Monday, November 14, 2016


From New Scientist: 

What explains Brexit, Trump and the rise of the far right?

Brain Scanner is Simon Oxenham's weekly column that sifts the pseudoscience from the neuroscience

When people are anxious, they make bad decisions. Anxiety suppresses neurons in the pre-frontal cortex region of the brain, which is involved in decision-making.…/2095975-what-explains-b…/sift the pseudoscience from the neuroscience

To many, the rise of Donald Trump in the US and the UK’s vote to leave the European Union have come as a shock. It is feared that right-wing movements may now rise across Europe, including Marine Le Pen’s Front National in France. Why is the face of global politics changing so quickly, and could we have predicted this rightwards shift?
Some studies suggest so. Over a period of nearly 150 years, we have seen that every financial crisis was followed by a 10-year surge in support for far right populist parties, as shown by a recent analysis of more than 800 elections by German economists. Interestingly, they did not see the same right-shift reaction in response to recessions or macroeconomic shocks that formed part of the normal cycle of economic rises and falls and weren’t explicitly sparked by a financial crash. The UK is now eight years on since its last financial crisis – although it should be returning to pre-2008 levels of far-right support around about now.

Bad decisions

Public-health researcher Christopher Simms of Dalhousie University in Halifax, Canada, argued last month that when people are anxious, not only do they fail to make good decisions, but they also seem to make particularly bad ones. He cited recent research showing that anxiety suppresses neurons in the pre-frontal cortex region of the brain, which is involved in decision-making.
This may help to explain a lot of what is happening in the world right now. The Global Risks Report 2016 details a worldwide rise in catastrophic events, ranging from involuntary migration to natural disasters. When such crises occur, people look for someone to blame, and often immigration and minorities become an easy scapegoat for a problem that is far less visible in origin – as is the case with financial crises.
Immigration itself has been shown to have an effect on right-wing views – but not in the direction you might expect. The two show a negative correlation: in the places where immigration is the highest, support for right-wing parties is lowest. For example, it has been shown that it is the perception of immigration levels in a local area, rather than the actual change in numbers, that is linked to votes for UKIP.
This effect may be explained by the contact hypothesis – the theory that, in the words of psychologist Thomas Pettigrew at the University of California, Santa Cruz, “all that’s needed for greater understanding between groups is contact”. Pettigrew has authored a meta-analysis of more than 500 studies on this subject.

Emotion and autonomy

“Never before in history has so much deception been unmasked so quickly and with so little shame,” says Stephan Lewandowsky, a researcher on misinformation at Bristol University in the UK, in regards to the UK’s referendum on membership of the EU.
Campaigns to leave the EU ultimately depended on stoking fears of migrants, echoing Donald Trump’s campaign in the US. What has made these fear campaigns so effective?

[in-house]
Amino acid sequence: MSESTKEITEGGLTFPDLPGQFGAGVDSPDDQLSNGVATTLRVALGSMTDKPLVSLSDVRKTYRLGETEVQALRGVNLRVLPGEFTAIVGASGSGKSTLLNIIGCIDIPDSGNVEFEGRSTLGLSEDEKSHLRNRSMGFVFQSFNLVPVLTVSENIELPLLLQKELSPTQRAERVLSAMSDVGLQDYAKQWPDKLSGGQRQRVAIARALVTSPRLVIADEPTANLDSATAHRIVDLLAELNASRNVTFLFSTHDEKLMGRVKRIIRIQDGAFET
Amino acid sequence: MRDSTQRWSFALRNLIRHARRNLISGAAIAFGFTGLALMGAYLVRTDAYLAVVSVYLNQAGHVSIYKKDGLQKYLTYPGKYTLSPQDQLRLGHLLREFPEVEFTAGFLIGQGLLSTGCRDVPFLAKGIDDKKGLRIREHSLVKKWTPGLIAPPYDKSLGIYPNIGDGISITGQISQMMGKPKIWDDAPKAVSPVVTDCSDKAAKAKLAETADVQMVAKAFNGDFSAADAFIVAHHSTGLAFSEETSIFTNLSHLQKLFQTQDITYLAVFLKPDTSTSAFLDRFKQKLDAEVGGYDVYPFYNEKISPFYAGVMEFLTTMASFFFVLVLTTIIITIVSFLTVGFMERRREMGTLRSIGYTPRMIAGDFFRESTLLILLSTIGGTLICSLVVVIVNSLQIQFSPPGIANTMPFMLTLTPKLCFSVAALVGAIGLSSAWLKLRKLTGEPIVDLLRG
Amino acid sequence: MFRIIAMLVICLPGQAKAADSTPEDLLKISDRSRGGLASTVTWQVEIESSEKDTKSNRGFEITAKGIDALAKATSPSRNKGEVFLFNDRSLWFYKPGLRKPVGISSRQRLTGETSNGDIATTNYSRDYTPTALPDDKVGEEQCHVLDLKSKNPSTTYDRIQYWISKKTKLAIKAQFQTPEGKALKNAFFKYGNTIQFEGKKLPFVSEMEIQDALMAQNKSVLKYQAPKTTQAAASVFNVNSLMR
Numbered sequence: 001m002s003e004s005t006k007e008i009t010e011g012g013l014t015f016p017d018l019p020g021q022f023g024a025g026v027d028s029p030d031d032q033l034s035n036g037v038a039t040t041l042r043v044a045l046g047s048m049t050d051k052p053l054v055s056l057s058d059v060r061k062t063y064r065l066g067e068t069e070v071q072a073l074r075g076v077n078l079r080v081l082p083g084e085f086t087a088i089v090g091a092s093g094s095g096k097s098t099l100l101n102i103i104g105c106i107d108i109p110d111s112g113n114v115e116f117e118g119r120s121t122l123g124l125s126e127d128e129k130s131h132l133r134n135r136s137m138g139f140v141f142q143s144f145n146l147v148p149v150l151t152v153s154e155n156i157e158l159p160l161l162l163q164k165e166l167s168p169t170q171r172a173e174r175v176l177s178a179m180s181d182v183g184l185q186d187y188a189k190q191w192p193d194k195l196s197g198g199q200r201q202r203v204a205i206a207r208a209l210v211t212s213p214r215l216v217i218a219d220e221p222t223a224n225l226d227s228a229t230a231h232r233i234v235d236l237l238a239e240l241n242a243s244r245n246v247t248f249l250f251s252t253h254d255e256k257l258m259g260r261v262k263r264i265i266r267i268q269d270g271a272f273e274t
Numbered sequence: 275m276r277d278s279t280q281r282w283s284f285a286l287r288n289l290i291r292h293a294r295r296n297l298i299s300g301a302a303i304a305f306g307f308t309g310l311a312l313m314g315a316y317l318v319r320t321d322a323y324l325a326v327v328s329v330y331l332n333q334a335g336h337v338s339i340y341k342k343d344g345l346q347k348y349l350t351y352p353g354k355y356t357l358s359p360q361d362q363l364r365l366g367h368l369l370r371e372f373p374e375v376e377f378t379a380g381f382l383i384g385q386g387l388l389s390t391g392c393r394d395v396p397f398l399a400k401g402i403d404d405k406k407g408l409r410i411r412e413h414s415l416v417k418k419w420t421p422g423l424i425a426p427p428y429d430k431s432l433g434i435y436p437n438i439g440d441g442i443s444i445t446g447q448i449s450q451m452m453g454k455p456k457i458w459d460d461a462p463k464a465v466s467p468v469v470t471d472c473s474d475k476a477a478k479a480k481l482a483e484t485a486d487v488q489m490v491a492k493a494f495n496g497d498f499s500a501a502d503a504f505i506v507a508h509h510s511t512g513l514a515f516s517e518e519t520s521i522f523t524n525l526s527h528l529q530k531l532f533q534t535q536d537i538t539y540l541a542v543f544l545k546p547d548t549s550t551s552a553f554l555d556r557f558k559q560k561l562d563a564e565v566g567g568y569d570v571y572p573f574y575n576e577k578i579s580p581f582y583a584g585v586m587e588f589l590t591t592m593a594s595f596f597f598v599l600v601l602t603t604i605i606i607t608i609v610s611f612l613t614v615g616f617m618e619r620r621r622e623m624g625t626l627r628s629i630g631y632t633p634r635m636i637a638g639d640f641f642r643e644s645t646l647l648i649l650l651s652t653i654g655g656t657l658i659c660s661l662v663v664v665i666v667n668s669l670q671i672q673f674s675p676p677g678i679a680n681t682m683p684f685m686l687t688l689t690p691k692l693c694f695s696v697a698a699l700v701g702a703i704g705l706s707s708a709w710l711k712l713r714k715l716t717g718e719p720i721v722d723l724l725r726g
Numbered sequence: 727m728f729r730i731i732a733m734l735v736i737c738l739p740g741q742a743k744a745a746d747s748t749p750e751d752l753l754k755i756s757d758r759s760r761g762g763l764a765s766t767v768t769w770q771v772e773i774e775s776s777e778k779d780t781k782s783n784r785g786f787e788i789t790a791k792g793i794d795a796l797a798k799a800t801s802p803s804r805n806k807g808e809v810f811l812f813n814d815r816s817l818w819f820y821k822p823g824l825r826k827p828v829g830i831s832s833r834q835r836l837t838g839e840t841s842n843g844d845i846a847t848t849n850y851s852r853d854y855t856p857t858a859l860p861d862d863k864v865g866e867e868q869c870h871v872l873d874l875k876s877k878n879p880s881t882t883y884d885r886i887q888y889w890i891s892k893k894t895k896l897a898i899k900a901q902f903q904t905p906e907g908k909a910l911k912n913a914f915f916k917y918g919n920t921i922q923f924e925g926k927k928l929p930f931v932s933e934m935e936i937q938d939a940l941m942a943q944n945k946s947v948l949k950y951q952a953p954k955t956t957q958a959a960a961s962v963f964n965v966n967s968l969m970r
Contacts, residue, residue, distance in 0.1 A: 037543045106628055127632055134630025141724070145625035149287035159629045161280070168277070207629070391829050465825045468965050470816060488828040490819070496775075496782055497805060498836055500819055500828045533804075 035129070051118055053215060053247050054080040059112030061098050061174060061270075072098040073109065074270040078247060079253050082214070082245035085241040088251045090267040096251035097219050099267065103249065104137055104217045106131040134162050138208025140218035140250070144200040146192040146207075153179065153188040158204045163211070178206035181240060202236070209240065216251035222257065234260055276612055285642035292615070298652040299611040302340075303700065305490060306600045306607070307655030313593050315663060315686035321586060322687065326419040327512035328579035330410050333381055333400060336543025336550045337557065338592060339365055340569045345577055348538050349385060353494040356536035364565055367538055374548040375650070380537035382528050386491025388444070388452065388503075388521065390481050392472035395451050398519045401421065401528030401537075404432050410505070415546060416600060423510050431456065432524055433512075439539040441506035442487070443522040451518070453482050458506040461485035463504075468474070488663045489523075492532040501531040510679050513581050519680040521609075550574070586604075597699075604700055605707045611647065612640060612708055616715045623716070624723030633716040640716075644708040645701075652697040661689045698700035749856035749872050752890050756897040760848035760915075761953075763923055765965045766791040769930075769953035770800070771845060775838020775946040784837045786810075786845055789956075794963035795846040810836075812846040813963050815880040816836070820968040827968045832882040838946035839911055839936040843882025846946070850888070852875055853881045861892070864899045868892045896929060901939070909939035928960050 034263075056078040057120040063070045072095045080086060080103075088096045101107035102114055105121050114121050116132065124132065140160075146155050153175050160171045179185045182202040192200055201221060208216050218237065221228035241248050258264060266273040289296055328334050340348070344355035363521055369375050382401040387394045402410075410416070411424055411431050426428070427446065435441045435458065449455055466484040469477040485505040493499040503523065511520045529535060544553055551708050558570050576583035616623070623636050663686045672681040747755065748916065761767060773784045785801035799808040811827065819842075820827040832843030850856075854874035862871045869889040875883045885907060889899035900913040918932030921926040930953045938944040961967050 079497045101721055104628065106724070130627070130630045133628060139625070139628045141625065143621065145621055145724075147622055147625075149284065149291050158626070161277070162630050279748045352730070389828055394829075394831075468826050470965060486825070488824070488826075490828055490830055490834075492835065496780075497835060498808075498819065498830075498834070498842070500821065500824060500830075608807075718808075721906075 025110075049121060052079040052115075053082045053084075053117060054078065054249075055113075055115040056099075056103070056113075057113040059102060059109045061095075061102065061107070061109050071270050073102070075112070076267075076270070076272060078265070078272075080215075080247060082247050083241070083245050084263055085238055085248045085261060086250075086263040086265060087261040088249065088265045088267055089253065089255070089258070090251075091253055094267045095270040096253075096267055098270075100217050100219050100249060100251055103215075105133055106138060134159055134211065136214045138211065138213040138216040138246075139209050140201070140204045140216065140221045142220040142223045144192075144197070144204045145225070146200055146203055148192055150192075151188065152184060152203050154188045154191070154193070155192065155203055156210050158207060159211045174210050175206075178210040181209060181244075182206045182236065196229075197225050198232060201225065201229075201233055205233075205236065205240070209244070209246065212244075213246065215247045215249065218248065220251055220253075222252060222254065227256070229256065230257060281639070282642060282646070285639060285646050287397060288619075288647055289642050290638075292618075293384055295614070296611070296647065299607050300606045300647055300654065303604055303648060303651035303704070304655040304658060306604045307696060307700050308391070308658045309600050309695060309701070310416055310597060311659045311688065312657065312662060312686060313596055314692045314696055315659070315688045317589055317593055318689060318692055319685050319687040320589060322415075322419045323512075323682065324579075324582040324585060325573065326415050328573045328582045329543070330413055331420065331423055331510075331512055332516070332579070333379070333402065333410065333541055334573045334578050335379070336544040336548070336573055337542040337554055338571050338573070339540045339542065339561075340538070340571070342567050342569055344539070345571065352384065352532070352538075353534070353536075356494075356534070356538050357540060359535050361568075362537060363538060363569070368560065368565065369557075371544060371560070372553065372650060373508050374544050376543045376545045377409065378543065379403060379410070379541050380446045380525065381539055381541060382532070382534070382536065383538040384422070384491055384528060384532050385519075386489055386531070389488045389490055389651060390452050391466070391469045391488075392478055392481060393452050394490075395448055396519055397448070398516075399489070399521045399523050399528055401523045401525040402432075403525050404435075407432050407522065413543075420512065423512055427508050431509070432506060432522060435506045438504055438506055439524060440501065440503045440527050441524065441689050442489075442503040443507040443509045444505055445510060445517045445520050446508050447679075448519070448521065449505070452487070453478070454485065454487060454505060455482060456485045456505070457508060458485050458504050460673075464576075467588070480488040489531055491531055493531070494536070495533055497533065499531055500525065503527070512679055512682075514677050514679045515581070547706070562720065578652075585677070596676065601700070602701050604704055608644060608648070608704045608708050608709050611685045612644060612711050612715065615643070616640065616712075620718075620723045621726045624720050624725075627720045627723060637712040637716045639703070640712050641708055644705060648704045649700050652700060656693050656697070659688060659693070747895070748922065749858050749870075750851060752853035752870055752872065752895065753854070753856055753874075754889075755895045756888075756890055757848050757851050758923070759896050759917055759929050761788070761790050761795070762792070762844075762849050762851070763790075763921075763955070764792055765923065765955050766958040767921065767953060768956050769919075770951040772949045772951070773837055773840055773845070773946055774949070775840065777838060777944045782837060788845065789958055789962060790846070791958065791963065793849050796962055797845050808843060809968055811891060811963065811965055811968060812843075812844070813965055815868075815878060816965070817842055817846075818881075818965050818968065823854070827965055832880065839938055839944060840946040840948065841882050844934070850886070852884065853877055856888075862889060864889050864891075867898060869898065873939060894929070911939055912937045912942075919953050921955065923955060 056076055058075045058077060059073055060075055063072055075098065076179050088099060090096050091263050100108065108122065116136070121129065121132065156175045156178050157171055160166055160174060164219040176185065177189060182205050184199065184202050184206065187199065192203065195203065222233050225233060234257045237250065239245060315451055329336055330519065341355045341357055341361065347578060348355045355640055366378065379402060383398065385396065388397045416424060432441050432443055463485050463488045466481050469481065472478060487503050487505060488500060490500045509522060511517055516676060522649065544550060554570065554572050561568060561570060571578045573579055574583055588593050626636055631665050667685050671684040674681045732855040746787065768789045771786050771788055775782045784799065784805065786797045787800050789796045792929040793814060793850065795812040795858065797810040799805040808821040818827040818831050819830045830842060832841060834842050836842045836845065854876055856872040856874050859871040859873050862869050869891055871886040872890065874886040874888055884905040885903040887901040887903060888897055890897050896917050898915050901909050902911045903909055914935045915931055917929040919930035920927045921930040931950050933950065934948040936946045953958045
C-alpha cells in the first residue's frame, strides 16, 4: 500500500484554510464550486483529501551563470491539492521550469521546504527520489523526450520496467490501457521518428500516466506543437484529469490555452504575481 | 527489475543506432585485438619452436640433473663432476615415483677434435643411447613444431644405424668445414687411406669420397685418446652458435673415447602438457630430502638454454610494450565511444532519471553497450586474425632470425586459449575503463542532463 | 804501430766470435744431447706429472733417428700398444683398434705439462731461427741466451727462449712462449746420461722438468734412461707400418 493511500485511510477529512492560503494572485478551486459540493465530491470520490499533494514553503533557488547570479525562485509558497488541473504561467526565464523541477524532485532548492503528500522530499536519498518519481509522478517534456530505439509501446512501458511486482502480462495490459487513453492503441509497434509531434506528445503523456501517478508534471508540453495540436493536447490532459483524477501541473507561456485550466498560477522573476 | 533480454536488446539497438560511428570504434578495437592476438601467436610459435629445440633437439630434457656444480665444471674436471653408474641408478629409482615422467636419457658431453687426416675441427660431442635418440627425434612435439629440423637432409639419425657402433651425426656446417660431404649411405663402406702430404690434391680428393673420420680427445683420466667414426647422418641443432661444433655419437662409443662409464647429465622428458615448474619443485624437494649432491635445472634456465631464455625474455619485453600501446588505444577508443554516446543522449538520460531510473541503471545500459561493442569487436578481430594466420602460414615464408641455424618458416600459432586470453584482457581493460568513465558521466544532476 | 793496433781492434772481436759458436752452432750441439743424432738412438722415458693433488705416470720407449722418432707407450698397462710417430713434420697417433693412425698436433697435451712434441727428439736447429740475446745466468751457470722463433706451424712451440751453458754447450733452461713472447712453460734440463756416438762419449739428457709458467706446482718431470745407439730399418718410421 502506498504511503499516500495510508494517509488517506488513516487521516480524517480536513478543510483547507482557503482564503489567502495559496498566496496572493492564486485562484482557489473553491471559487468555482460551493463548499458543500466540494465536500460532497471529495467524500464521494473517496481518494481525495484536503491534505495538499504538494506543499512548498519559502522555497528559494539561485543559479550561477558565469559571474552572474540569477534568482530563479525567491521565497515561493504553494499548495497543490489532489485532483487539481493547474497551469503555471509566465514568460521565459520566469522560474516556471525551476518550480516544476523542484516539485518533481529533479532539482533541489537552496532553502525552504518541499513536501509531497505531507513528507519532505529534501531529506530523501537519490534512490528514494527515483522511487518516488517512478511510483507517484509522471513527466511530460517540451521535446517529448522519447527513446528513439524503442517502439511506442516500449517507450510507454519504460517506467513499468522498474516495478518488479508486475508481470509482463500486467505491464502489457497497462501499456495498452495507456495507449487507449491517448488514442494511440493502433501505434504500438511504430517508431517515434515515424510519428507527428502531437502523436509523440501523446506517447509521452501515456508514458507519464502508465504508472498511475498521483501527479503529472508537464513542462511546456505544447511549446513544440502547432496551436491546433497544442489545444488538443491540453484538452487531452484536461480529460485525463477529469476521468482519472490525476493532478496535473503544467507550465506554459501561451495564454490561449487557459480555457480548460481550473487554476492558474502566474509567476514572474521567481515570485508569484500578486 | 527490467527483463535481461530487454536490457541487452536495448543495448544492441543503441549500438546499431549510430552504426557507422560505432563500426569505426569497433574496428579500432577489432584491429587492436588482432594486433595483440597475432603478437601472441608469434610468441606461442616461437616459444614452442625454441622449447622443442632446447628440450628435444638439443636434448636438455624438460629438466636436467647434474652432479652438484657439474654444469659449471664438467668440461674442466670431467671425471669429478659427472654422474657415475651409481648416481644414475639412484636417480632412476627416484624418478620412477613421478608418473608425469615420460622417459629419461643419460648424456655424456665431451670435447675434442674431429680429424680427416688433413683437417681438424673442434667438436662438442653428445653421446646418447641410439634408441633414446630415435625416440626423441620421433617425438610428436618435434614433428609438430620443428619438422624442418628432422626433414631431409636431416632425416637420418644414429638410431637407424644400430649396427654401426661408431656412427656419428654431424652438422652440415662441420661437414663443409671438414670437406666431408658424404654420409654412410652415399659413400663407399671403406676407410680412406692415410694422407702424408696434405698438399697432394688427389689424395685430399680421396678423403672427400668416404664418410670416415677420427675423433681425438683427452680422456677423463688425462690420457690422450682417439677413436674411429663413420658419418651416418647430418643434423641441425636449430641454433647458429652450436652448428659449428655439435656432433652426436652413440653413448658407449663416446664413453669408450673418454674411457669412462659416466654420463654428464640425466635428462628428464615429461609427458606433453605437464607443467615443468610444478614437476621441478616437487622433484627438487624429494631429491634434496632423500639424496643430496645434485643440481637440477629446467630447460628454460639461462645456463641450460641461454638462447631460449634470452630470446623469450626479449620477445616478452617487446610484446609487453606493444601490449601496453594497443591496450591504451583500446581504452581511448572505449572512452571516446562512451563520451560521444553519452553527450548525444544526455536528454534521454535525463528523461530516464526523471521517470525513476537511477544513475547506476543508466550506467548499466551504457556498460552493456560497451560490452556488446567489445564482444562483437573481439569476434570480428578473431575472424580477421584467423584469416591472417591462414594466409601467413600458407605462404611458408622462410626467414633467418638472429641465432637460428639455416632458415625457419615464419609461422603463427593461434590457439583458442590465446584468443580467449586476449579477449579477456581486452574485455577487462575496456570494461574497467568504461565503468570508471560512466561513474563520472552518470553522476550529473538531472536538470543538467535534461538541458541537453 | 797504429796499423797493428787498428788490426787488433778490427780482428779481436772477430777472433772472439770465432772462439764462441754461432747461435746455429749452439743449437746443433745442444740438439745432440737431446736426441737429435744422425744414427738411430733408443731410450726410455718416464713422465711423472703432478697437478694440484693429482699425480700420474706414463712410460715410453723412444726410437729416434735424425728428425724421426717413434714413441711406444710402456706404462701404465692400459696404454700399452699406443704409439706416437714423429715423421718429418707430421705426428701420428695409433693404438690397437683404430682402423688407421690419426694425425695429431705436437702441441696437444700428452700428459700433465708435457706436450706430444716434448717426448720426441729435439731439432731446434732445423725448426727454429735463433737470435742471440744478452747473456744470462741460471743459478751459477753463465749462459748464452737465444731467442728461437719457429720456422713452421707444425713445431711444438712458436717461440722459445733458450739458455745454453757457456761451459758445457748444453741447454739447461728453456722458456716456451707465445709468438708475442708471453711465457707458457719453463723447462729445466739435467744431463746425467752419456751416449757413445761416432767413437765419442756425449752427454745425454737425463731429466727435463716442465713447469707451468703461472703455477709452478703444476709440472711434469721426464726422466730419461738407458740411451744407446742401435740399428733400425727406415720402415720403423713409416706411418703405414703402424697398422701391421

According to the influential behavioural economist Daniel Kahneman of Princeton University, the leave campaigns used arguments that were based on emotion rather than rational analysis – a triumph of System 1 over System 2 thinking, as described in his book Thinking, Fast and Slow.
Another psychological explanation is that the leave campaigns capitalised on a person’s fundamental need for autonomy, says psychologist Paul Redford of the University of the West of England in Bristol, UK. Leave voters typically have less wealth and power, so their vote to leave the EU may have been an attempt to increase their scope for self-determination.

Showing support

Since the referendum result, the National Police Chief’s Council has reported a rise in reports of hate crime in the UK. In the week following the vote, an online reporting site received 331 reports of hate crime, a fivefold increase from the weekly average of 63.
A wealth of psychological research into conformity has shown that this could be a dangerous situation. A widely replicated study in 1955 by Solomon Asch showed that when people were asked to judge whether lines of the same size were really the same length, most people could be led to profess the belief that the lines were actually different lengths. All it took to persuade people was having a group of actors all say that the lines were of different lengths. The study shows how easily people can be pushed to change their views to match those of the people around them.
In the wake of the rise in hate-crime reporting, a viral campaign has sprung up to express opposition to racism. By wearing a safety pin attached to their lapels, some people are hoping to express their support for the people in the UK who are now feeling victimised or under threat. Clinical psychologist Miriam Silver says that showing solidarity in such a way, and connecting with those who are experiencing hostility, are small steps that people can take to support those under threat.
As for media reports of “Bregret” – leave voters who now regret their choice – Kahneman has argued that most won’t regret their decision, because regret is rare. Instead, people find ways to explain what is happening around them that lay the blame with someone else.

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